Joseph McKenna was the son of Irish immigrants who settled in Philadelphia but later moved to California. After attending public school, McKenna studied law at the Benicia Collegiate Institute and graduated in 1865. A year later, he entered the practice of law. But politics had more allure than law, and McKenna pursued Republican issues in his community.
McKenna served four terms in the House of Representatives, and later, as circuit judge and (briefly) as attorney general. In all these roles, he was devoted to Republican principles. This loyalty was surely the basis for his nomination to the High Court, for experience would confirm that it was not his ability that merited his elevation to the nation's highest tribunal. In fact, two federal trial judges took the unusual step of publicly expressing their view that McKenna was unfit for the office based on his performance as an appellate judge.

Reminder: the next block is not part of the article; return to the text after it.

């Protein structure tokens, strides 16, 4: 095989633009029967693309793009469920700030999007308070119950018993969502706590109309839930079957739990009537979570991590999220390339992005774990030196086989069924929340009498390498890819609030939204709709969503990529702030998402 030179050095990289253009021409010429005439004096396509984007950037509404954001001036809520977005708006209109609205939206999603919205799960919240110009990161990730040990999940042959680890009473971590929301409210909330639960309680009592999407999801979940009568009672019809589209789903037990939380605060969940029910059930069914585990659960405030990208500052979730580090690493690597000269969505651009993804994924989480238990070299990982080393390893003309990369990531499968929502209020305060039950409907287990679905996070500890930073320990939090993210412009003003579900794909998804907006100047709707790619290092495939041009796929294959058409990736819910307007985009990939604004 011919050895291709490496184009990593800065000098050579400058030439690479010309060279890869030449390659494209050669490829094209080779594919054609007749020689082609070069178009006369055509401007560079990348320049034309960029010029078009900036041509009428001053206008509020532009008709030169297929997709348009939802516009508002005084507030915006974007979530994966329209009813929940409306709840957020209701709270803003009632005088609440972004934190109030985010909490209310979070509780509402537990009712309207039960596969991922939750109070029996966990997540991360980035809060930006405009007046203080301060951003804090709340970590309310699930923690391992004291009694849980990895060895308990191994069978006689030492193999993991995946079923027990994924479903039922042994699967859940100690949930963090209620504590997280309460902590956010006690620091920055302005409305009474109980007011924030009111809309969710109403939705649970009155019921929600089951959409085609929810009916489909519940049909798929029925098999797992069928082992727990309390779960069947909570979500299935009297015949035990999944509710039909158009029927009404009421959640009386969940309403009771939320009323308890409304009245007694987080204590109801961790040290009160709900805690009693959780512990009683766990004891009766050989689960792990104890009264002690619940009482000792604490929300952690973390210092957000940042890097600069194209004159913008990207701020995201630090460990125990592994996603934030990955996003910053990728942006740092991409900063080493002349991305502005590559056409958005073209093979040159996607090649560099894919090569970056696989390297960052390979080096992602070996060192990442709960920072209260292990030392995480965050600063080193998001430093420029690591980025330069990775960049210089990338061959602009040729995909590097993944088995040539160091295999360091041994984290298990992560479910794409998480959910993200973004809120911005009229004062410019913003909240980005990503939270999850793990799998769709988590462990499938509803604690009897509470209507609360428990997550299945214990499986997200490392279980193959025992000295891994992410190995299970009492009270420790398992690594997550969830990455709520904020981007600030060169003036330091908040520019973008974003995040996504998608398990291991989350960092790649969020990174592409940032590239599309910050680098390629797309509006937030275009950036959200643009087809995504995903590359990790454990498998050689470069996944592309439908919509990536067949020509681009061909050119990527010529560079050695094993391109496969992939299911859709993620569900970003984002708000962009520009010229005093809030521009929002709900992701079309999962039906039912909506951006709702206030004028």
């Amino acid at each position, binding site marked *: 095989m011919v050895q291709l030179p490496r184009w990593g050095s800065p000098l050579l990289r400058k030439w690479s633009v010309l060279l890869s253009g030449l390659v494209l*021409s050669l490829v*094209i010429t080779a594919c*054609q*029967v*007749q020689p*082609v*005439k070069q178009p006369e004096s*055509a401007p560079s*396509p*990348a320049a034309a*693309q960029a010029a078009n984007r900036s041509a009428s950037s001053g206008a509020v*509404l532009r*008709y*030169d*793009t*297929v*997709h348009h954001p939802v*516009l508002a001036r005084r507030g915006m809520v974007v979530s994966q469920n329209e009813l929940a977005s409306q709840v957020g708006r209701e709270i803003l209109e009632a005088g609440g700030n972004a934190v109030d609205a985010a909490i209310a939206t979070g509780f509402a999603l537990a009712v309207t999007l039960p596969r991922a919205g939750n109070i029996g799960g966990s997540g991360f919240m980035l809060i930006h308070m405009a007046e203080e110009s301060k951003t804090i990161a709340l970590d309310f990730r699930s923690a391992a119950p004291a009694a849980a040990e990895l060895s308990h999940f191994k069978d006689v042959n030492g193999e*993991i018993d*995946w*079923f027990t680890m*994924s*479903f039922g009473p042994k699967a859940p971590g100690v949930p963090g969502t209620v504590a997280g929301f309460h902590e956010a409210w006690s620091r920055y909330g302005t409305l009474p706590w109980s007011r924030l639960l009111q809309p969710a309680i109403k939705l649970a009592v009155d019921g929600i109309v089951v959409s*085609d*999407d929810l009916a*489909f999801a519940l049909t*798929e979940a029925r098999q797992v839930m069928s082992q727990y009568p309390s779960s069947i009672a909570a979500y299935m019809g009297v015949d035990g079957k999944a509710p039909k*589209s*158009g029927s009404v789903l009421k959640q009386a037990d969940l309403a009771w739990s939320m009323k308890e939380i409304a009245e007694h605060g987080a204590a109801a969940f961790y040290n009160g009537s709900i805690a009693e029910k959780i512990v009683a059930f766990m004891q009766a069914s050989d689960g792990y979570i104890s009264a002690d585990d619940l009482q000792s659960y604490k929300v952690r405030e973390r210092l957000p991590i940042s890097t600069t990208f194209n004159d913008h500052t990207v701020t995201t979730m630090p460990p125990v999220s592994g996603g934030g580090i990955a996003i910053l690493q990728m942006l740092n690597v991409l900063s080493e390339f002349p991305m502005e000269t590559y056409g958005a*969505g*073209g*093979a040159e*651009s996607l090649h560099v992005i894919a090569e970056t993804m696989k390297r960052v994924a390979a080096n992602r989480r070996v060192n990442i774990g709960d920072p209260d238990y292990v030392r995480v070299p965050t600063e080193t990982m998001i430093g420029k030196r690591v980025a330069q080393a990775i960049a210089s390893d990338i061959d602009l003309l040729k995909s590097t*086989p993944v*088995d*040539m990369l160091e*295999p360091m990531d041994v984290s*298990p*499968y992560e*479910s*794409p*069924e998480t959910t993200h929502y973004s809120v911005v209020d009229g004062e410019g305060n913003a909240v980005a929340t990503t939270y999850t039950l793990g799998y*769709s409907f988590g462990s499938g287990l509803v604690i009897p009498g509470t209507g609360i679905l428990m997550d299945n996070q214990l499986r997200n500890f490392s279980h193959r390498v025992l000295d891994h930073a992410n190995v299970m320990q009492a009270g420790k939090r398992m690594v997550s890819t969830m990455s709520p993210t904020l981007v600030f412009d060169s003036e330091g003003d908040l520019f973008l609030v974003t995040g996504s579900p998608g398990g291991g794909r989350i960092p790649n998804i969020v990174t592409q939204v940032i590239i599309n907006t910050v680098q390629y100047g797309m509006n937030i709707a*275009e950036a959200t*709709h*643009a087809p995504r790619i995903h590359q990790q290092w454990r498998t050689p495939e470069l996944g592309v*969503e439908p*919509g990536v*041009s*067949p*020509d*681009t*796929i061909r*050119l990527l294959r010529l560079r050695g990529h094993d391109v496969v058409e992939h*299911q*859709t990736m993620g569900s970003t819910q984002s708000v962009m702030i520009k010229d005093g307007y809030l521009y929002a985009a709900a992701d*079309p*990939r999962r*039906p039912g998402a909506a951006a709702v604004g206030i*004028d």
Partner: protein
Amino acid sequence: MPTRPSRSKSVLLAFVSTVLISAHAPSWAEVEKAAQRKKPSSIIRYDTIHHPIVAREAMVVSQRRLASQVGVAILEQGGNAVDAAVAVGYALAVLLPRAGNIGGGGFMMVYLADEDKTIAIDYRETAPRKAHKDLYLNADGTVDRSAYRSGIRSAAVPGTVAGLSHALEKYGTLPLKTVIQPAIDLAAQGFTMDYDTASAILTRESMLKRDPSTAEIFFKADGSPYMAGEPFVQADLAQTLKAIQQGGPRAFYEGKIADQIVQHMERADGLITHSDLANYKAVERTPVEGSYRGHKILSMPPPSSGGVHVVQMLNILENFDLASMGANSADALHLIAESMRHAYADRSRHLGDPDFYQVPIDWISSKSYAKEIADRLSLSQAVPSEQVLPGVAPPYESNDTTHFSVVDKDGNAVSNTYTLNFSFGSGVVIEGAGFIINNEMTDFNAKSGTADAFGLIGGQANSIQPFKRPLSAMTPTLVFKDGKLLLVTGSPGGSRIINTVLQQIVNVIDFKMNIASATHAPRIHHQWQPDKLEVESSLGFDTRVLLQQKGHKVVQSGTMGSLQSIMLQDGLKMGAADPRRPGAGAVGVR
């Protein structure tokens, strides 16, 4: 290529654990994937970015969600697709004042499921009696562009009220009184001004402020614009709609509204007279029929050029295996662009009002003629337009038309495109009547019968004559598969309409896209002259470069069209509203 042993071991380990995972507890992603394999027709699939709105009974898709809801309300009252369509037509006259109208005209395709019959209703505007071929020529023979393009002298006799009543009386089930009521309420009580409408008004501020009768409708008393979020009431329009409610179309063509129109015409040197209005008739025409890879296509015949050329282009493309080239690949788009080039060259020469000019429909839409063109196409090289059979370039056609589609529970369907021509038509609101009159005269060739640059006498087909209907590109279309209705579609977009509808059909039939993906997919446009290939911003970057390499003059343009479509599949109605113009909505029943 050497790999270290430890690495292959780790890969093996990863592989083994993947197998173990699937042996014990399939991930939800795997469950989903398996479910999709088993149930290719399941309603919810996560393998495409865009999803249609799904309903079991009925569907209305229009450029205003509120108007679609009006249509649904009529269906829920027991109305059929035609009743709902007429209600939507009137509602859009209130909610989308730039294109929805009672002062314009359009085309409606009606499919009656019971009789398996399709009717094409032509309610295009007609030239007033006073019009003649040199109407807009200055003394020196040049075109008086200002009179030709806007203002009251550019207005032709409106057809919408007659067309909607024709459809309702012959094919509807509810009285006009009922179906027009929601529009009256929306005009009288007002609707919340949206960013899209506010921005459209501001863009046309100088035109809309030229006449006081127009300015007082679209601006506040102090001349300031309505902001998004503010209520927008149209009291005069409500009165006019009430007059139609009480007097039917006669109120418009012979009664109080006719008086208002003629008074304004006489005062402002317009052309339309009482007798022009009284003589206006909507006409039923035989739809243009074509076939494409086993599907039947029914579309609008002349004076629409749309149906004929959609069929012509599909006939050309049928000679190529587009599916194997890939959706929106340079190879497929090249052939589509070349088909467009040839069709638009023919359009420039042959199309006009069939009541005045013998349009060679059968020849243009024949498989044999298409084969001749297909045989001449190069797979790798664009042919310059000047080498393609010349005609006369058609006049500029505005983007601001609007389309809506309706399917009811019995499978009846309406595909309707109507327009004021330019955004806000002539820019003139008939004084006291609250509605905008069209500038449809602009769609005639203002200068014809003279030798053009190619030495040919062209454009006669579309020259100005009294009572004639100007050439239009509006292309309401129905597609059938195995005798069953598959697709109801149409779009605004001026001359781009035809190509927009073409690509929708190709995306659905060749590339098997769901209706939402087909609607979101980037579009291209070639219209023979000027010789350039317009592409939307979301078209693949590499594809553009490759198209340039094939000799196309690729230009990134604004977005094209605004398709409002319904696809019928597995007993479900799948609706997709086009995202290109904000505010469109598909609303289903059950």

McKenna may have acknowledged his lack of preparation when, after his confirmation, he studied law at Columbia Law School to prepare for the burdens he would face as a justice. There is doubt that the last-minute tutoring had any measurable improvement on his ability as a justice.